How To Take Care Of Your Skin

Our skin, the largest organ that we possess, plays a critical role in how we interact with the world around us

Everyone knows that first impressions are important. So what are some of the first things people notice when they meet you? Our skin allows us to take in beneficial compounds from our environment while protecting us from all the harmful compounds surrounding us. Even as early as infancy, skin contact between parents and their newborns is essential to set regular physiological homeostasis. Due to its essential role in our health and wellbeing, and its constant exposure to the elements, we hope to highlight the importance of skincare and ways in which we can maintain healthy skin. 

What is skin cancer, types of skin cancer, what increases the risk of skin cancer? 

Although regular sunlight exposure is essential for our health, too much exposure without the proper protection can lead to severe UV damage and eventually skin cancer. There are many different types of skin cancer with varying pathologies of disease and drastically different patient outcomes. Over 80000 cases of skin cancer are diagnosed in Canada every year. Most skin cancer diagnoses are classified as basal or squamous cell carcinomas (1). These types develop on areas of the skin that have had a high frequency of exposure over your lifetime, such as the head, neck, and shoulders. Due to carcinomas developing later in life and often much slower than aggressive subtypes, patients will have a better chance of detecting and resecting cancer with surgery and having positive clinical outcomes. Unfortunately, approximately 5% of the population receiving a cancer diagnosis will have a much more aggressive and dangerous type of skin cancer, malignant melanomas. Unlike the other types of skin cancer, melanomas often develop very quickly, aggressively, and randomly on the body. Fortunately, when detected early, the 5-year survival rate for melanoma is 99% (1).

The best way to lower the risk of any skin cancer is to prevent prolonged exposure to the sun. Health Canada provides specific cautions regarding the period between 11 am and 3 pm when the UVB index is most intense. Regardless of the type of cancer that may develop, the impact of sun exposure on human skin has been comprehensively investigated by the scientific community. Although critical to bone health and metabolism, UVB rays can disrupt the organization and packing of DNA inside our cells (2). Regardless of current fitness level, diet, or predisposing genetic factors, sustained exposure to the sun will increase your risk of developing skin cancer. For this reason, tanning beds have also come under scrutiny in the past few years, and oncologists often urge the public that there is no such thing as a healthy tan (3).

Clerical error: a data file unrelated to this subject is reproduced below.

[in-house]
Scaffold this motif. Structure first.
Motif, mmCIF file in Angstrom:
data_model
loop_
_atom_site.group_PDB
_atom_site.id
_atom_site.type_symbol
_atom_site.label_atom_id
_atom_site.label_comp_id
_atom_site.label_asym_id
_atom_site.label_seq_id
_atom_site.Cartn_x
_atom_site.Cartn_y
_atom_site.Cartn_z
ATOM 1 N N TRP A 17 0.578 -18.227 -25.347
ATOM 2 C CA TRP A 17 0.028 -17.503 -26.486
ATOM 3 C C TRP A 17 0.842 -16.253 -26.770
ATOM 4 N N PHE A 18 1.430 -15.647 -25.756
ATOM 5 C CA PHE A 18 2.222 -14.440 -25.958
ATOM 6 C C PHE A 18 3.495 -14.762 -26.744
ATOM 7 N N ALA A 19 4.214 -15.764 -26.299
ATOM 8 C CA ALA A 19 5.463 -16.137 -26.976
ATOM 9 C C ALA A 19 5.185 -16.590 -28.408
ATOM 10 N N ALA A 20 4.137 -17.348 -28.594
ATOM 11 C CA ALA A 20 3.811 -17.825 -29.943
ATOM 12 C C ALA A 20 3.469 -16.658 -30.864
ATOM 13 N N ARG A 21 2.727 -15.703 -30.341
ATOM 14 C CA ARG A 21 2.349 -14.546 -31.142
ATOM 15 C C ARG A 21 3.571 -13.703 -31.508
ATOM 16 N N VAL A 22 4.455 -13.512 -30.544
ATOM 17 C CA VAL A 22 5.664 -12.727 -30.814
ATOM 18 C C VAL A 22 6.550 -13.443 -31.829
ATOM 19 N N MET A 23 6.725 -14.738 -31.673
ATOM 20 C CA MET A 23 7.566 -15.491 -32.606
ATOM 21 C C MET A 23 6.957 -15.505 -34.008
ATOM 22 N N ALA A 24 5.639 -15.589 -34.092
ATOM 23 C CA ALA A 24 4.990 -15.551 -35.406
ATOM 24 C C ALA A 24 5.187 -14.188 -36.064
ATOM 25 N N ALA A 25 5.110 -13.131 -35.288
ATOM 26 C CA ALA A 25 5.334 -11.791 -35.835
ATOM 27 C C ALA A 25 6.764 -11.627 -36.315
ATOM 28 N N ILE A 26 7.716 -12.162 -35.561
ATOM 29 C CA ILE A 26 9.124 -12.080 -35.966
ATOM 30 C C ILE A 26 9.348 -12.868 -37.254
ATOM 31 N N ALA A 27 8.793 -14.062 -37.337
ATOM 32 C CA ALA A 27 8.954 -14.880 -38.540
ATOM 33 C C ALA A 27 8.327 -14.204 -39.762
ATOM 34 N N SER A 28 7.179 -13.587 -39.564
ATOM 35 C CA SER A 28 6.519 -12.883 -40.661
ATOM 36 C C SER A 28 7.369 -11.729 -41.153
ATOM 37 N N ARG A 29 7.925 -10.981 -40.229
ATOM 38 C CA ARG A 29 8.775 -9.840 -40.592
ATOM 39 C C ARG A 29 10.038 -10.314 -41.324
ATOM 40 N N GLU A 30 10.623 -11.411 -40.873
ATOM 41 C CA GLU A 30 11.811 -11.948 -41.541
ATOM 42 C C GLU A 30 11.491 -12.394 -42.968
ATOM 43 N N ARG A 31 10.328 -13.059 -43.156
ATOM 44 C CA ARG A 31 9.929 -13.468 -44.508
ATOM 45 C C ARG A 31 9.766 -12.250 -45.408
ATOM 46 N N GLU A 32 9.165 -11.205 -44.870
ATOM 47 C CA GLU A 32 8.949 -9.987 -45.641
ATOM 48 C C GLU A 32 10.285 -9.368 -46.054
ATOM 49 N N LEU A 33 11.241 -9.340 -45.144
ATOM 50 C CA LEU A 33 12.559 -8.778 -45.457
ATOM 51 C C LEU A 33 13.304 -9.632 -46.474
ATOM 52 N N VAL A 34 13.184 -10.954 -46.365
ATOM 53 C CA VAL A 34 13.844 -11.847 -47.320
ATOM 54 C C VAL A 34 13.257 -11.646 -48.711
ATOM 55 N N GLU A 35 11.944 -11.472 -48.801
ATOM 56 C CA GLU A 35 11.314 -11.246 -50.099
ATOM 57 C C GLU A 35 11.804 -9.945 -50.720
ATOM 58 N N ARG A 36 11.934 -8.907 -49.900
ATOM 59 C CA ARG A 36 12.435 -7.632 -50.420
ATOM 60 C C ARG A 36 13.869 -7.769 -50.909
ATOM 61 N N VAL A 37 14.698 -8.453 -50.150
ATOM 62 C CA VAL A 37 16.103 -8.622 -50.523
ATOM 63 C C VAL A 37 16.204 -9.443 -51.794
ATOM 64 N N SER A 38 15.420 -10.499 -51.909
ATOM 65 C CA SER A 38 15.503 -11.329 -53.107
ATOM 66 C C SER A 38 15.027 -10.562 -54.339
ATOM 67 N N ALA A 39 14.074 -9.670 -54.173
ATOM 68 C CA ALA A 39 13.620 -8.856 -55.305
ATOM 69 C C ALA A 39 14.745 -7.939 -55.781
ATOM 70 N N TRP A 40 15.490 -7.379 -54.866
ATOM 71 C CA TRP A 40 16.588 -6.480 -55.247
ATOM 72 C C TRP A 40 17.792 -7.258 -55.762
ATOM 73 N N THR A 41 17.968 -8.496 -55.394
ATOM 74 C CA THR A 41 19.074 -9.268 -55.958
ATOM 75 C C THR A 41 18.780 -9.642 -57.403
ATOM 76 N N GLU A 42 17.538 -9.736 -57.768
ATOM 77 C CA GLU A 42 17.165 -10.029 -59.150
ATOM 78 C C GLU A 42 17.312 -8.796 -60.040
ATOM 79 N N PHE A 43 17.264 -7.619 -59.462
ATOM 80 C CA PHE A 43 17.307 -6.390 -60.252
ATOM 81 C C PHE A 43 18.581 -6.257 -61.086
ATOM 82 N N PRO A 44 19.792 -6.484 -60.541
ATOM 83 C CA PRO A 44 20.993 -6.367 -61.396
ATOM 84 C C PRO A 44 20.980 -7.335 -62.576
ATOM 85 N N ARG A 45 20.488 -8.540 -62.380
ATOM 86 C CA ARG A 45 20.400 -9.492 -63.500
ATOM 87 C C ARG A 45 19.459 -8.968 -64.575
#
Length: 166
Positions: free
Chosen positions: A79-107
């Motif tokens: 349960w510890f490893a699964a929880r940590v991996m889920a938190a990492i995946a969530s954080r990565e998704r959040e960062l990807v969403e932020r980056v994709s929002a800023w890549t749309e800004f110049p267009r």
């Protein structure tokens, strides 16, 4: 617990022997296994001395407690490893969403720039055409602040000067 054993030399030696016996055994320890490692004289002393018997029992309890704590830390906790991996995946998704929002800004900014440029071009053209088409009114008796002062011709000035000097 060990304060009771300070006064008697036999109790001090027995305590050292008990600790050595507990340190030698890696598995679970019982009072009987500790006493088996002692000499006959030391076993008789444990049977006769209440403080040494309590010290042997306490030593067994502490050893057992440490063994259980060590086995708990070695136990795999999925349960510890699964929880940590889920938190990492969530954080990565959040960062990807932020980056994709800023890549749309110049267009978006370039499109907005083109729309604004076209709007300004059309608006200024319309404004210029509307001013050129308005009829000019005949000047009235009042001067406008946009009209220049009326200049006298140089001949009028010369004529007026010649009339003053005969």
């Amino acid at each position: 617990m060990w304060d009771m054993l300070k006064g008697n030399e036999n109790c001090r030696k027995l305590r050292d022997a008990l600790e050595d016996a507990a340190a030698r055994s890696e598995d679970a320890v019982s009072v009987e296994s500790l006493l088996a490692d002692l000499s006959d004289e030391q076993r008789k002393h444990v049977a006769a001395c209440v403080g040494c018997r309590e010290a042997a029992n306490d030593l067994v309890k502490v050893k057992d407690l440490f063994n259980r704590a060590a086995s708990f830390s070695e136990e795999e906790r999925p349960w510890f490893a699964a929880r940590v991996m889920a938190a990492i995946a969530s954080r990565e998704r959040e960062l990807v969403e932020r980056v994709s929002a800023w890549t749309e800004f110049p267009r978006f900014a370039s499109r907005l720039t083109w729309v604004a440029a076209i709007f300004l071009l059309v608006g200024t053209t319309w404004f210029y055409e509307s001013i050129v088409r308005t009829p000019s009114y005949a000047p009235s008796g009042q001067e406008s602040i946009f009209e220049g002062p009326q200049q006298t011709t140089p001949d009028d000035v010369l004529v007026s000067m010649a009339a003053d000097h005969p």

How to detect skin cancer?

Due to the inevitability of experiencing UV exposure daily, it is essential to take the proper steps to limit our risk of developing skin cancer. Early cases of skin cancer can often appear as sun spots, moles, or any type of abnormal growth observed on our skin (3). While these blemishes are often harmless, it is important to closely monitor them for any changes that might be an indication of a more severe pathology. The ABCDE approach (4) outlines some key factors to consider when examining your skin for blemishes that could be early signs of skin cancer: 


If you see any of these warning signs on your skin, visit your health care provider as soon as possible for further screening and management.

To give yourself the best chance of detecting cancer early, we recommend leveraging the new technology of liquid biopsy cancer screens. While the typical ABCDE can be conducted every day to actively search for signs and symptoms, circulating-tumor DNA (ctDNA) tests go straight to the molecular level and have much greater sensitivity to detect early signs of skin cancer. While cancer is often only thought of in a clinical setting via a diagnosis, our immune system functions daily to protect our bodies from developing spontaneous cancer growths (5). A ctDNA test scans for traces of cells that were killed before they had the chance to develop into a clinically defined cancer. Therefore this technology allows us to pick up traces of cancer cells long before a specific diagnosis, creating the best opportunity for a positive outcome.

Frequency of screening for safe skin 

With different strategies available to prevent and screen for cancer, the most powerful factor in a cancer diagnosis is time. Being able to learn the self-guided ABCDE protocol in combination with physician-guided cancer screening technologies allows for the strongest defense we have against skin cancer.

Dr. Rohan Bissoondath,
Medical Director

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